Fire. One gentle squeeze of the trigger, a flash and crack, and the top of the orc’s head exploded as he turned to urge on the ones behind him. Bone and brains sprayed as the orc’s neck and shoulders snapped backward while his legs, improbably, carried forward another step. The net result was an almost laughable cartwheel, the orc’s bare feet flailing in mid-air for a split-second before his lifeless body, pitched parallel to the ground, crashed straight down into the rock. Beltar didn’t see it. He was already behind the top of the pit again, jacking another round into the chamber.
A scream from his right…the orcs had reached the column one of the two guards had been using for cover. He had thrown down his blunderbuss and drawn two hand axes to try and defend himself, but there were four of them and but one of him. One orc rolled on the ground in front of him clutching his stomach, but another smashed an axe through the young dwarf’s helmet and on into his skull even as a troll speared him through the gut so hard the guard’s feet left the ground.
Beltar aimed and fired again. The orc he’d picked out fell forward, dead before his face met rock, and the one behind him clutched his shoulder and spun backward—not dead but at least wounded. But still they kept coming, apparently not slowed by any fear of death.
A yelp, from his left this time. He saw Furball covered in blood—some his, some not, judging by the two motionless orcs in front of him. He leapt onto a third, driving him to the ground with fangs sunk into the orc’s huge neck. Then he disappeared under a wave of green skin, brown armor, and flashing blades.
No time to mourn. The fourth orc went down to a shot in the gut, and then the fifth was upon him with no time to reload. Beltar was no lover of close-quarters fighting, fair or unfair, but he wasn’t entirely unskilled at it. He couldn’t match the orc strength for strength, even in his younger days, and he was far from those. So he wasn’t even going to try.
The orc bellowed a war cry and brought his great two-handed axe down, trying for a single killing blow. Beltar side-rolled to one knee as best he could, using Black Death to parry the downstroke. Sparks flew and metal screeched as the parry pushed the axe aside just enough to send it sticking into the soft dirt at the edge of the pit. The orc, still carrying some forward momentum from his charge down the hill, couldn’t stop and went ass-over-elbows down the slope, crashing into the base of the statue leaving the axe stuck in the ground. Beltar staggered to his feet and bayoneted the orc in the throat before he had a chance to recover.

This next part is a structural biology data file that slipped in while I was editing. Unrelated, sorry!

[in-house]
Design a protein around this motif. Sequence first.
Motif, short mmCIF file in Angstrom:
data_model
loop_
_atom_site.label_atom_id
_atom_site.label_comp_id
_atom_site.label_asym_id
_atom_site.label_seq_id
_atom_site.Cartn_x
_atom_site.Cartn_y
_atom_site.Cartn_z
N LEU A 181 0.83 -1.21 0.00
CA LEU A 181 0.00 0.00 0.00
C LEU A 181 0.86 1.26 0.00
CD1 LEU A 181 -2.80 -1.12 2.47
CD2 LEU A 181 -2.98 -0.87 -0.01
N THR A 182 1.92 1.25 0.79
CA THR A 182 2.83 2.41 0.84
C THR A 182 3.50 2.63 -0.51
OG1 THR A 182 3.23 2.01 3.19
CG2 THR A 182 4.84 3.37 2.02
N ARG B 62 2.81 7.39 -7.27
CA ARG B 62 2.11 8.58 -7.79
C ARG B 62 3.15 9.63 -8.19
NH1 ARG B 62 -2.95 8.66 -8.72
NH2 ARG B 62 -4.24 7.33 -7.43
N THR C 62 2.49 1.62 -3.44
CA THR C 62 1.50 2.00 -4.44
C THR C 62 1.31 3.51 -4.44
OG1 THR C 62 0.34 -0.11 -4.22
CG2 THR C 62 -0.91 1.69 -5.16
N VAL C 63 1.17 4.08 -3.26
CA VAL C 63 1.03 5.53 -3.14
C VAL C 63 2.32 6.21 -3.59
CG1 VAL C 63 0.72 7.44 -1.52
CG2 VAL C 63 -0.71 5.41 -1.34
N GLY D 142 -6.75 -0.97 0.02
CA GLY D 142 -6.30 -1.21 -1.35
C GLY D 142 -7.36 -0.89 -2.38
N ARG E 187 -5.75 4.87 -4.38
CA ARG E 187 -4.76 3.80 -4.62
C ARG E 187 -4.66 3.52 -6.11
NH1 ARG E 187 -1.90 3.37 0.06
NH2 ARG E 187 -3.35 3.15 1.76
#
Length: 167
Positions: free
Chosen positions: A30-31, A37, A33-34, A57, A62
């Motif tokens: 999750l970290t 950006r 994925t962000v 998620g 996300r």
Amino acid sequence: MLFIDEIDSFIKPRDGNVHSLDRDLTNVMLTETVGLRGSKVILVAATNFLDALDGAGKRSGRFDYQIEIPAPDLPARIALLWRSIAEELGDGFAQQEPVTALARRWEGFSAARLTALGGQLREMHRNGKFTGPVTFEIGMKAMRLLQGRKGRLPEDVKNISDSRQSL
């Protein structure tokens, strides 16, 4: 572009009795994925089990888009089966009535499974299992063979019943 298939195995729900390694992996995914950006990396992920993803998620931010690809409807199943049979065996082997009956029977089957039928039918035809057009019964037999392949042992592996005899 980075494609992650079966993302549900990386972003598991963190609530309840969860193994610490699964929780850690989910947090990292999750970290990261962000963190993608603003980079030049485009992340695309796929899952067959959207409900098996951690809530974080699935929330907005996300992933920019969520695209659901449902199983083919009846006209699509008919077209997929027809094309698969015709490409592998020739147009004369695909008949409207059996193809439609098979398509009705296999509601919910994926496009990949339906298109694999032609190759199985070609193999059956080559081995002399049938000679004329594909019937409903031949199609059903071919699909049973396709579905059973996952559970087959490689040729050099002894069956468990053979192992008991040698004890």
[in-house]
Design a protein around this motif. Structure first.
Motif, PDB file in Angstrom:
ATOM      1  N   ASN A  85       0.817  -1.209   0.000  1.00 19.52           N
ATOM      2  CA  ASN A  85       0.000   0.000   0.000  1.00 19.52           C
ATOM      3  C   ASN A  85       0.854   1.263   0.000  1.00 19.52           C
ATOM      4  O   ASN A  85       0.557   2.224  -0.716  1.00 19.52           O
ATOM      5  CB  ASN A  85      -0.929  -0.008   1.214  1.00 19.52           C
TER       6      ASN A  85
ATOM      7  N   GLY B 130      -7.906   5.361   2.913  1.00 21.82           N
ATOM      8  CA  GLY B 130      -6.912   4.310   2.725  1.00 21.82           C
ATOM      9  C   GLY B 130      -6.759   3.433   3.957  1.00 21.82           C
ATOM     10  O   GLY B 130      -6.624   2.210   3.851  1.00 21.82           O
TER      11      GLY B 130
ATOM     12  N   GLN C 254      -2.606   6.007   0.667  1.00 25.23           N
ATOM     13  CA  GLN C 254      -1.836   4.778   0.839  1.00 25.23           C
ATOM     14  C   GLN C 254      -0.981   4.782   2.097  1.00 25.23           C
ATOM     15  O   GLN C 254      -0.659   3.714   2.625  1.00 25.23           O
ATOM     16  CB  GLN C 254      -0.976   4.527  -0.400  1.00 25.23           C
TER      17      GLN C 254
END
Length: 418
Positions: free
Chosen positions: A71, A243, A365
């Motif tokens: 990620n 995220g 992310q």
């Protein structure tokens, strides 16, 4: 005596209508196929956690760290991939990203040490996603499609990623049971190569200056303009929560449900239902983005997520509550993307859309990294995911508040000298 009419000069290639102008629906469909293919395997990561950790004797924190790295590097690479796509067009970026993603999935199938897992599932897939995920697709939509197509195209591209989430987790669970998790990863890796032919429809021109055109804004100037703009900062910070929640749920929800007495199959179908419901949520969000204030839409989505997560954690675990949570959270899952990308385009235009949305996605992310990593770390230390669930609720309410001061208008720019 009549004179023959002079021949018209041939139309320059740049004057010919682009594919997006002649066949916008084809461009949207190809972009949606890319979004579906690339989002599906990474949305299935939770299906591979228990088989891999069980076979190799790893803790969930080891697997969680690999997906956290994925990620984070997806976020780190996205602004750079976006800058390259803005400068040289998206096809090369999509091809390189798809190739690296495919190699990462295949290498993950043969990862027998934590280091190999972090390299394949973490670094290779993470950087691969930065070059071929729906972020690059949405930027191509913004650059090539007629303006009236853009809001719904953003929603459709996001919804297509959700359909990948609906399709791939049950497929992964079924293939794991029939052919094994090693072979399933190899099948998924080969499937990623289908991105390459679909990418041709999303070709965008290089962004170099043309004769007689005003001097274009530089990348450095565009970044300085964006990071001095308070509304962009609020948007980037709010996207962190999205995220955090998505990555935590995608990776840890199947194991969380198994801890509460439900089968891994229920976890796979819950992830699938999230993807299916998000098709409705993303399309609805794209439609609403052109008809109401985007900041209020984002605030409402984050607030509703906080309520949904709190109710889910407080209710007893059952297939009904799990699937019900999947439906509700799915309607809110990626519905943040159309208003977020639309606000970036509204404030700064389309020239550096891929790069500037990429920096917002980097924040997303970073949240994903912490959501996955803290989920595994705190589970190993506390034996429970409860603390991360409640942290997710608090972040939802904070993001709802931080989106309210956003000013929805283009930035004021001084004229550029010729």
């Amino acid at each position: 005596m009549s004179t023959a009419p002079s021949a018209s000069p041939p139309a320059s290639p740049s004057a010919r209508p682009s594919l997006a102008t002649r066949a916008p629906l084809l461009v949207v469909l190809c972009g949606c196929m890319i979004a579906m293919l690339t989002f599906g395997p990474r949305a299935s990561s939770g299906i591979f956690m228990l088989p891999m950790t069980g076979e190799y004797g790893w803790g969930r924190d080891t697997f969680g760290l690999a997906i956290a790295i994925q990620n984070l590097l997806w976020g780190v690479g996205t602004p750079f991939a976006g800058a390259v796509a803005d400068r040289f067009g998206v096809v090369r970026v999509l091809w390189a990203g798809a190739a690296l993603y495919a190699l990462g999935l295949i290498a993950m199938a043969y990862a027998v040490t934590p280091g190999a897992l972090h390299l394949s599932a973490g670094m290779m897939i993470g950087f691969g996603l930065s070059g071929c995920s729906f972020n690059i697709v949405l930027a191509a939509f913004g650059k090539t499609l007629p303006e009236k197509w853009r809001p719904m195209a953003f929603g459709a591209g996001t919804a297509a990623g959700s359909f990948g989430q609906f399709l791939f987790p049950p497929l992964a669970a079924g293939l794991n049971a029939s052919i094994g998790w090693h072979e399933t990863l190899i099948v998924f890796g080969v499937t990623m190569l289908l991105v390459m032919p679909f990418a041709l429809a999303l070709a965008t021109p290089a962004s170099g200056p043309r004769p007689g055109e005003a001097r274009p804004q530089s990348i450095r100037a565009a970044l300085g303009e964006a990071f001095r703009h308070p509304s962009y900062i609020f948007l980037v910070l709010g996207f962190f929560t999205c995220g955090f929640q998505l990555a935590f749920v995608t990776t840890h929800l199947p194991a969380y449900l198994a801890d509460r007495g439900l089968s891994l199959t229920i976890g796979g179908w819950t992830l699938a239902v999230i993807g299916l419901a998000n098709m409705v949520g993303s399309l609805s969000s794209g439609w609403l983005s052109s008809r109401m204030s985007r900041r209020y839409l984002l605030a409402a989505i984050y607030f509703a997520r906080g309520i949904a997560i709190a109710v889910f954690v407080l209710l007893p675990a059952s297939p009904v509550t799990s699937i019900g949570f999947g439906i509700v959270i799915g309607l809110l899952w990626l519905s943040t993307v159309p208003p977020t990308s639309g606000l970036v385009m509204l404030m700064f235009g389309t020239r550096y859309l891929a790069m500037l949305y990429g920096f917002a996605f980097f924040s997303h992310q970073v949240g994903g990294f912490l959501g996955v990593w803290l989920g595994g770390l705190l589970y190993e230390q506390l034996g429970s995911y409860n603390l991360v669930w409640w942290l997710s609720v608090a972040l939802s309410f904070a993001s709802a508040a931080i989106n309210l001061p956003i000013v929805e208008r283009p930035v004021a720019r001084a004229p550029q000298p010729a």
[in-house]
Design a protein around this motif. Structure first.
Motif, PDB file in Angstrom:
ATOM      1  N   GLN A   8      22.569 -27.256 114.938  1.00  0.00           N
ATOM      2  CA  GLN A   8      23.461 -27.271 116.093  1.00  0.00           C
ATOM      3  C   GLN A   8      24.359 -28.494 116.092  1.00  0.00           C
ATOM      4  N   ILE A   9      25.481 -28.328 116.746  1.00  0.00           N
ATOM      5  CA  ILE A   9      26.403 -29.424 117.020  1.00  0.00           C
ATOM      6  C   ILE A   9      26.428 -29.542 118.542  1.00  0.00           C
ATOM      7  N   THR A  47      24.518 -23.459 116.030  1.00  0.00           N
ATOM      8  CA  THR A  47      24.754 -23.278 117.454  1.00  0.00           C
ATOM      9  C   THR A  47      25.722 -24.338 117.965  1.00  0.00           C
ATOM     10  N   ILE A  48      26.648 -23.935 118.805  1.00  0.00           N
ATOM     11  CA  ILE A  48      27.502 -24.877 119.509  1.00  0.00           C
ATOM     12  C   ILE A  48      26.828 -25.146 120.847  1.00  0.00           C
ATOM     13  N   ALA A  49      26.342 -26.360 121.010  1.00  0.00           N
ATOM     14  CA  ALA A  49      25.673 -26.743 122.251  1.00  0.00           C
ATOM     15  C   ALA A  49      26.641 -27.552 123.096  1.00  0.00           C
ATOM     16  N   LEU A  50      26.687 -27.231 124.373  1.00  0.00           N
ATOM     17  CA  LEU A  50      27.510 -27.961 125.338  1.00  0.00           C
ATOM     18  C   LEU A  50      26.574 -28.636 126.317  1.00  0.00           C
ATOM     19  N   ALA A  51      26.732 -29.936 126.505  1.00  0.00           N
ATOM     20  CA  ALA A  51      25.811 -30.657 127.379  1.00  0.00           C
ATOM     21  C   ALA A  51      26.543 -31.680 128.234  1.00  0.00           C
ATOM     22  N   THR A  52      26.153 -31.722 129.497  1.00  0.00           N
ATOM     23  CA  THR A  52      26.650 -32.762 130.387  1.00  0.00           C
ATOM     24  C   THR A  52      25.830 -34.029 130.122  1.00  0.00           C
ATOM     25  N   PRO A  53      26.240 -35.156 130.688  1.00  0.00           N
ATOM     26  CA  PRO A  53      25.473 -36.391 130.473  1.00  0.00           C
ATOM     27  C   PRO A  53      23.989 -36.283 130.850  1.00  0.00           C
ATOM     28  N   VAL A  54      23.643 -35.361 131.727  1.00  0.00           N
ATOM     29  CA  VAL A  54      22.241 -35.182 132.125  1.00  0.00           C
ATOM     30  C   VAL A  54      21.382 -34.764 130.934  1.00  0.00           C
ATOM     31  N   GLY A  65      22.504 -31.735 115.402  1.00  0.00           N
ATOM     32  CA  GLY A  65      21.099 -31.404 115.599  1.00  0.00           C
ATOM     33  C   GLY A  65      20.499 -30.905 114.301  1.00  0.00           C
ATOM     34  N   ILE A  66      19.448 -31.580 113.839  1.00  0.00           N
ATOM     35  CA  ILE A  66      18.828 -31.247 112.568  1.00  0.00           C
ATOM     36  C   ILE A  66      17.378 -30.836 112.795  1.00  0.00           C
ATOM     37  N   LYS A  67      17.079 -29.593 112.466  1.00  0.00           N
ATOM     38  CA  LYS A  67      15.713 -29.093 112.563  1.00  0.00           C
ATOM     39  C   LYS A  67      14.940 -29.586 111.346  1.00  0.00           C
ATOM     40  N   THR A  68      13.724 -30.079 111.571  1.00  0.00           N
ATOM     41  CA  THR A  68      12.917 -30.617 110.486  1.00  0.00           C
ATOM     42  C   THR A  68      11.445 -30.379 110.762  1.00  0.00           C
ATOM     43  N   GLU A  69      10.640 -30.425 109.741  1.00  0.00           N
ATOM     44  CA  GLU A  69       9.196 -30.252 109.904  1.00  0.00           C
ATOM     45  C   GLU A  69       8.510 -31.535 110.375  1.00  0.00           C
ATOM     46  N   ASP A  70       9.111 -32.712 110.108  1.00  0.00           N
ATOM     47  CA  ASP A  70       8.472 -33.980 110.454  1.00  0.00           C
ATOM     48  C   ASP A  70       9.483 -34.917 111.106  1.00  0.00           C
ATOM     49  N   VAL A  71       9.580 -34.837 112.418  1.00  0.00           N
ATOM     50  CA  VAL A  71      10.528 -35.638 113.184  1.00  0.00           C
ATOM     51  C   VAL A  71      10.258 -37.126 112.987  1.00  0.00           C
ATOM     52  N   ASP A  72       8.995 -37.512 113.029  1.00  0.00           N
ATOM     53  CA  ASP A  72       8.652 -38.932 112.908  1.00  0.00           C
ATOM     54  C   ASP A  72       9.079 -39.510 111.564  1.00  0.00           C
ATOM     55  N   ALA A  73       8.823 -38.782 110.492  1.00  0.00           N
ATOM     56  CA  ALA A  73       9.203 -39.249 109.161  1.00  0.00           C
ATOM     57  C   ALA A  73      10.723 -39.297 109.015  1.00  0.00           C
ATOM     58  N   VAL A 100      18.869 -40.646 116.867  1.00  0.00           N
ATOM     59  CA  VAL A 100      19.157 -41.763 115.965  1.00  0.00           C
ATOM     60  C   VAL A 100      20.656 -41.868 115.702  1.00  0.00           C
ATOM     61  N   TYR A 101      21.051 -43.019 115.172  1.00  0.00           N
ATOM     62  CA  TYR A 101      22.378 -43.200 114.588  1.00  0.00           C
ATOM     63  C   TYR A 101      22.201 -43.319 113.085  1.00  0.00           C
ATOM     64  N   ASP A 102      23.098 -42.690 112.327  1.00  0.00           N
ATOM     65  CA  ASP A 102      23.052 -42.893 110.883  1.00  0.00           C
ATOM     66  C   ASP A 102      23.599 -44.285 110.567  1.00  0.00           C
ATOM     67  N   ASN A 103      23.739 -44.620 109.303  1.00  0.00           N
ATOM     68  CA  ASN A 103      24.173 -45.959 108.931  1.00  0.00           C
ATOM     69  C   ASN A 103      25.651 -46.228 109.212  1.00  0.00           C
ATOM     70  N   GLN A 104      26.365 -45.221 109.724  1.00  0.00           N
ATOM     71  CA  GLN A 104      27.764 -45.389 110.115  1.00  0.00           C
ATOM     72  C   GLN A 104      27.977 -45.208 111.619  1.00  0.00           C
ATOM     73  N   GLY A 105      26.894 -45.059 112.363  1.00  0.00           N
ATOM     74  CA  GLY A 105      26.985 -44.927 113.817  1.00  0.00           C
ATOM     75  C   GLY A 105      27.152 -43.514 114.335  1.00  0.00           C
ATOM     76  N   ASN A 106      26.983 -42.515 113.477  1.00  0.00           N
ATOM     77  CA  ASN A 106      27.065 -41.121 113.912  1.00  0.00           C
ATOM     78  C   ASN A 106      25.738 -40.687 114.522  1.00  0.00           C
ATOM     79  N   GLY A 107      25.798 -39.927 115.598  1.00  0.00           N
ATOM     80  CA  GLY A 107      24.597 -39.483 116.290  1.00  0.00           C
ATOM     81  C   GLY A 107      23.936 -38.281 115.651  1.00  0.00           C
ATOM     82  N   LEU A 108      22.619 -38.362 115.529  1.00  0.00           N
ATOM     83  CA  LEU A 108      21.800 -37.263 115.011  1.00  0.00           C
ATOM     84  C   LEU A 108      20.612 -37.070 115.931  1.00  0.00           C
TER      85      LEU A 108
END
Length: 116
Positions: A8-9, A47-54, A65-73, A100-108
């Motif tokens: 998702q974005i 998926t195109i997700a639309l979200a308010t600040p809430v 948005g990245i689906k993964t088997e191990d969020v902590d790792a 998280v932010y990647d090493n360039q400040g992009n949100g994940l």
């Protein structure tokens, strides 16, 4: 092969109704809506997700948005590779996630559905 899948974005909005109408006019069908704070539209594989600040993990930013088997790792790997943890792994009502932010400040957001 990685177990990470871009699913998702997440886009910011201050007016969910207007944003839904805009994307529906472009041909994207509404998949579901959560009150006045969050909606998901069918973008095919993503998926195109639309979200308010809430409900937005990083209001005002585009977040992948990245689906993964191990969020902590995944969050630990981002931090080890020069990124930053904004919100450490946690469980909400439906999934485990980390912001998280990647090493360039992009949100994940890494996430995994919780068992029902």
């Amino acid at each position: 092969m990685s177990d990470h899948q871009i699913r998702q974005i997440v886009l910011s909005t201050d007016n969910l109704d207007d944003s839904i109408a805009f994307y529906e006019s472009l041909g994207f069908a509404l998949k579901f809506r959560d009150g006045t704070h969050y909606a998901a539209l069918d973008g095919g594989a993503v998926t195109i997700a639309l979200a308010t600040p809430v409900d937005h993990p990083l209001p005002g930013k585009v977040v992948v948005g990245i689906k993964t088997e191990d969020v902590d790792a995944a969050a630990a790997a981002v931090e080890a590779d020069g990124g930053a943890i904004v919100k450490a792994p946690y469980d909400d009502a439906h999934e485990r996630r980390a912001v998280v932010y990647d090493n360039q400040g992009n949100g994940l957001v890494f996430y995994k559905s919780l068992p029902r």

He dropped back to one knee and grabbed another round to reload. He faintly heard the noise of movement behind him, and turned around as he brought the rifle up to firing position.
He saw a huge orc with brown skin. He saw the flash of a hammer. And then he saw nothing.
Back before Wrath of the Lich King was released, the officers of The Anvil, the 25-man Horde raid on Feathermoon that I tank for, sat down and set one simple goal: The Anvil 25-man would kill Arthas before the next expansion came out. That was it. Everything, all the other raid instances, all our activity as a raid, was pointed toward that goal. Naxxramas, Ulduar, Trial of the Big Round Room…they were steppingstones toward Icecrown Citadel and our ultimate goal of doing something we’d never done before: beating “the” boss of an expansion while that expansion was still current content, and making the Lich King our Bitch King.
Now this was a stretch for us. Since the days of 40-man raiding, we’ve never been a cutting-edge progression raid…call us “hardcore casual” if you will. In vanilla, we never cleared Blackwing Lair, much less Naxxramas 1.0; Nefarian only died after The Burning Crusade came out. When we hit Outland, we stalled at the end of both Serpentshrine Cavern and Tempest Keep. Vashj eventually went down after six or seven weeks, but we never really even got close to killing Kael’thas until patch 3.0 dropped, at which point the fight instantly turned from a near-impossible exercise to a stupidly easy no-death one-shot. We managed to get 3/5 in Hyjal before 3.0 hit, but never visited Black Temple except for one visit post-patch, where we one-shotted the first seven bosses and couldn’t get past the Illidari Council. Linedan’s still never seen or killed Illidan, Archimonde, or anything in Sunwell Plateau.